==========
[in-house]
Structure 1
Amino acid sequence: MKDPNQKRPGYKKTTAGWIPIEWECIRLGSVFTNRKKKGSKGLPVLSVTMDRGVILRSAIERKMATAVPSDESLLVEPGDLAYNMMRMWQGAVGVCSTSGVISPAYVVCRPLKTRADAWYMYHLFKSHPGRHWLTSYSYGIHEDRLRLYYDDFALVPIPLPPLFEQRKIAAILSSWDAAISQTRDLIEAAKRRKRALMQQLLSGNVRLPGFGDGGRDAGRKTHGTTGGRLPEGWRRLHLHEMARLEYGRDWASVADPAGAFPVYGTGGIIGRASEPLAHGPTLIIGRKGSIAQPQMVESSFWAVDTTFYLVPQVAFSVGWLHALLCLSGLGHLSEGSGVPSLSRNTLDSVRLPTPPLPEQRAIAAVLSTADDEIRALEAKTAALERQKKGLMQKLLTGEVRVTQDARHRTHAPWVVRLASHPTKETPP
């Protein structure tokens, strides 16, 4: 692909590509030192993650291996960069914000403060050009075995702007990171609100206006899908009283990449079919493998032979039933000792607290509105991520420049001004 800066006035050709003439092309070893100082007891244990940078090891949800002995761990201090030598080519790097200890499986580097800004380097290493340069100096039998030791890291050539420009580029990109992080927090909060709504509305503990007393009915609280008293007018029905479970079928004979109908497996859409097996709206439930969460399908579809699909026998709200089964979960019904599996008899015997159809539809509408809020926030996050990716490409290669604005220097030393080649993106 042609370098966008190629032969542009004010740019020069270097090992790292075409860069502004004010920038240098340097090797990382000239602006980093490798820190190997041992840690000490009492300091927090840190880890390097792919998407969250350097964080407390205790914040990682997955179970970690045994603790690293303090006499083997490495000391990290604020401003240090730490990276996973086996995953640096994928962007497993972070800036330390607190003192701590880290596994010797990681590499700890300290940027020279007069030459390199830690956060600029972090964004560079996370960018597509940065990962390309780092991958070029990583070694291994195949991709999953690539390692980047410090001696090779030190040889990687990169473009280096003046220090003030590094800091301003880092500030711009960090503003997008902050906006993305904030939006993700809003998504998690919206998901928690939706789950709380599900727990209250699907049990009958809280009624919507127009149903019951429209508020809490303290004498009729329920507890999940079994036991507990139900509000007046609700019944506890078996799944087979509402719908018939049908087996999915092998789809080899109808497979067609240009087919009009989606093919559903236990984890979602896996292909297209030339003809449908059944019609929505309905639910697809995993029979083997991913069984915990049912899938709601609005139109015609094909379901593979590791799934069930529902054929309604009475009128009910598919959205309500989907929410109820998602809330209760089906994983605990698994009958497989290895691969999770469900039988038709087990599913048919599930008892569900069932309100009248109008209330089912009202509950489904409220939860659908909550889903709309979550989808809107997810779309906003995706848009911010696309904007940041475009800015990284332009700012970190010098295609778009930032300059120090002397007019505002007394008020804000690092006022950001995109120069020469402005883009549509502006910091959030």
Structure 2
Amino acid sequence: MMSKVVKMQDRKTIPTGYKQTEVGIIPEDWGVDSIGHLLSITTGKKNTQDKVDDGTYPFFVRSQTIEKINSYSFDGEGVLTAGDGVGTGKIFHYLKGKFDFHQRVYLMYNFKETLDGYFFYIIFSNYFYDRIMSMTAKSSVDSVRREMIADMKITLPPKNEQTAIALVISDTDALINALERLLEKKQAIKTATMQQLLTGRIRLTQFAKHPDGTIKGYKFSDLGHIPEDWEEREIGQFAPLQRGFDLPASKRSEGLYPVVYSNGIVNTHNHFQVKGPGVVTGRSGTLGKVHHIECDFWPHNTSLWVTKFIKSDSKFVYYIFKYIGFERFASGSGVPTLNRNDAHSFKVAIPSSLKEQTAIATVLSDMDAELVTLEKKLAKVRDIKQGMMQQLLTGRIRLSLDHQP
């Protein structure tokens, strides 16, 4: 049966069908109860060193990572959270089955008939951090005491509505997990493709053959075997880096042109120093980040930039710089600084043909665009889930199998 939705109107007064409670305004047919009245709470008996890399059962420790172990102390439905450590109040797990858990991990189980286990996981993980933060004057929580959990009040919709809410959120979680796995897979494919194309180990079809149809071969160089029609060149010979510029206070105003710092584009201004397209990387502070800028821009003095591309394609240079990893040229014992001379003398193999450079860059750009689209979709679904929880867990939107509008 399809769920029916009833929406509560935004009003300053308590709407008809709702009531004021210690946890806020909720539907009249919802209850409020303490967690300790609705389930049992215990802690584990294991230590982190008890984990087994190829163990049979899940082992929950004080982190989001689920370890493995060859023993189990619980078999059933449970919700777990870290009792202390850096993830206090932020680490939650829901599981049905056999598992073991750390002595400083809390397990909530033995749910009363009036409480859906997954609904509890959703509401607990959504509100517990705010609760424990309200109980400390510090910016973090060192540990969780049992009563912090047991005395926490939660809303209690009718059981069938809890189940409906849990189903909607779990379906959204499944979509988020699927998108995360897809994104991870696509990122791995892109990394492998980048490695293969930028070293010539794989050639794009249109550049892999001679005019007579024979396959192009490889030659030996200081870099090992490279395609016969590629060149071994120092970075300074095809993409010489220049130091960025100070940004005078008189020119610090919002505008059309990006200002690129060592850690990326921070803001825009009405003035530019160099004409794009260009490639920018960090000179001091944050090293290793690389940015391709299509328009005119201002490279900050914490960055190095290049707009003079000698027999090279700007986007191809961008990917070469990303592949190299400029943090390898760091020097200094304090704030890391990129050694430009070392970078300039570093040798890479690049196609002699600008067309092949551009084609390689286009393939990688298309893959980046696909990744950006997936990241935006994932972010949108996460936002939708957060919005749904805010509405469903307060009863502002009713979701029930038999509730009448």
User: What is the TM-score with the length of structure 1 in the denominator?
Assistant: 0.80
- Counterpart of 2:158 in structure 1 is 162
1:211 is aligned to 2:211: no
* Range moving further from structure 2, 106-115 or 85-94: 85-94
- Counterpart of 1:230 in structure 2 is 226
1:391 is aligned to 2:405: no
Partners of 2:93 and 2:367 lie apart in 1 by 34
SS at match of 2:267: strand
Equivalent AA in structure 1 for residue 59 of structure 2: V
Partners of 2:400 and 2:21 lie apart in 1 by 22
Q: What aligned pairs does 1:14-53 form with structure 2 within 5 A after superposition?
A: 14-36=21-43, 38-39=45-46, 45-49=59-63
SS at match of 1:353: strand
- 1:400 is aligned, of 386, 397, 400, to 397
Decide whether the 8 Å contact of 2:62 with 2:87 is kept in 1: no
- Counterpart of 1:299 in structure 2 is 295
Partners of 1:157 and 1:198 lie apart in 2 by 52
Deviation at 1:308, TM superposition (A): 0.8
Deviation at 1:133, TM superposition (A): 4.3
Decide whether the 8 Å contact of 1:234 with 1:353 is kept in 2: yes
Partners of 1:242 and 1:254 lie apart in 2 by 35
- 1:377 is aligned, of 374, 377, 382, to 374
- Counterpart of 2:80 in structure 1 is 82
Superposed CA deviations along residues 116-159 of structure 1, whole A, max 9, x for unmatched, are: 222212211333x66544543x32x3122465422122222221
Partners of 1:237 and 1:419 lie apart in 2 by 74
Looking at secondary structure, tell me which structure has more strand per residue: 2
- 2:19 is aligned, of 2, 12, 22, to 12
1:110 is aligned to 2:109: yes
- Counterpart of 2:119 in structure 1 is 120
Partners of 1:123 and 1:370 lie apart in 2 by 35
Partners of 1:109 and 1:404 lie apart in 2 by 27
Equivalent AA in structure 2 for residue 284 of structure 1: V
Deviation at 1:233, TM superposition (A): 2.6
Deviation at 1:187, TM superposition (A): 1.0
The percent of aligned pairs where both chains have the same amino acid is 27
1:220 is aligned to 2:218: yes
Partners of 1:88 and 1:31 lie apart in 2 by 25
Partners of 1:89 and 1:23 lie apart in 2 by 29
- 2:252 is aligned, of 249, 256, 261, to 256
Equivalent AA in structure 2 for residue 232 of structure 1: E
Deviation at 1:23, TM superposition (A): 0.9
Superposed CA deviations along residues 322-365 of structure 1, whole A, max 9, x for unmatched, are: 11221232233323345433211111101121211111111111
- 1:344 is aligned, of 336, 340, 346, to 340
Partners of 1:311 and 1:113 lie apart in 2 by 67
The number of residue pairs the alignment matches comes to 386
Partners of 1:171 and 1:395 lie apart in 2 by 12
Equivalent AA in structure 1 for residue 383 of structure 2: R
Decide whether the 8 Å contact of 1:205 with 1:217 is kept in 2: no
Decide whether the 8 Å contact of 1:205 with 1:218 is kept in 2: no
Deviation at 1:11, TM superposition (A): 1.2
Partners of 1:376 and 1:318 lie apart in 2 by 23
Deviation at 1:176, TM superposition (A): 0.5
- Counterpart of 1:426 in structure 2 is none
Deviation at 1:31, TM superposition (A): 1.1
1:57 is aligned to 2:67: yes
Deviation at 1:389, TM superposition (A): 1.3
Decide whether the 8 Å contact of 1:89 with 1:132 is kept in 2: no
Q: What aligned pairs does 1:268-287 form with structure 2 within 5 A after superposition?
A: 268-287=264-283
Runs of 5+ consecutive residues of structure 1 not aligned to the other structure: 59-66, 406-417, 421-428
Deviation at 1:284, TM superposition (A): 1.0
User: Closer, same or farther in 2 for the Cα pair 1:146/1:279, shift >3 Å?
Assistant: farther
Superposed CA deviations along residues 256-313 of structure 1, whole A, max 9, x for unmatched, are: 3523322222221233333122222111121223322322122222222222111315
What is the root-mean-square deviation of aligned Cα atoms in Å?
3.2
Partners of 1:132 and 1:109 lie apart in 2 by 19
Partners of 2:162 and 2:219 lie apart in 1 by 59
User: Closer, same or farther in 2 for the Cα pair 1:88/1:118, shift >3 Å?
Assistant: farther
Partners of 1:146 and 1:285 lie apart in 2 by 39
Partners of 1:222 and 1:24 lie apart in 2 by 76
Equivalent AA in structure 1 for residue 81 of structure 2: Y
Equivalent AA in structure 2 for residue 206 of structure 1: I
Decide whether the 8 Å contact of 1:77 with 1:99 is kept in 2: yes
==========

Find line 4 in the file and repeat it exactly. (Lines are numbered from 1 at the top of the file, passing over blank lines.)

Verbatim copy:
């Protein structure tokens, strides 16, 4: 692909590509030192993650291996960069914000403060050009075995702007990171609100206006899908009283990449079919493998032979039933000792607290509105991520420049001004 800066006035050709003439092309070893100082007891244990940078090891949800002995761990201090030598080519790097200890499986580097800004380097290493340069100096039998030791890291050539420009580029990109992080927090909060709504509305503990007393009915609280008293007018029905479970079928004979109908497996859409097996709206439930969460399908579809699909026998709200089964979960019904599996008899015997159809539809509408809020926030996050990716490409290669604005220097030393080649993106 042609370098966008190629032969542009004010740019020069270097090992790292075409860069502004004010920038240098340097090797990382000239602006980093490798820190190997041992840690000490009492300091927090840190880890390097792919998407969250350097964080407390205790914040990682997955179970970690045994603790690293303090006499083997490495000391990290604020401003240090730490990276996973086996995953640096994928962007497993972070800036330390607190003192701590880290596994010797990681590499700890300290940027020279007069030459390199830690956060600029972090964004560079996370960018597509940065990962390309780092991958070029990583070694291994195949991709999953690539390692980047410090001696090779030190040889990687990169473009280096003046220090003030590094800091301003880092500030711009960090503003997008902050906006993305904030939006993700809003998504998690919206998901928690939706789950709380599900727990209250699907049990009958809280009624919507127009149903019951429209508020809490303290004498009729329920507890999940079994036991507990139900509000007046609700019944506890078996799944087979509402719908018939049908087996999915092998789809080899109808497979067609240009087919009009989606093919559903236990984890979602896996292909297209030339003809449908059944019609929505309905639910697809995993029979083997991913069984915990049912899938709601609005139109015609094909379901593979590791799934069930529902054929309604009475009128009910598919959205309500989907929410109820998602809330209760089906994983605990698994009958497989290895691969999770469900039988038709087990599913048919599930008892569900069932309100009248109008209330089912009202509950489904409220939860659908909550889903709309979550989808809107997810779309906003995706848009911010696309904007940041475009800015990284332009700012970190010098295609778009930032300059120090002397007019505002007394008020804000690092006022950001995109120069020469402005883009549509502006910091959030």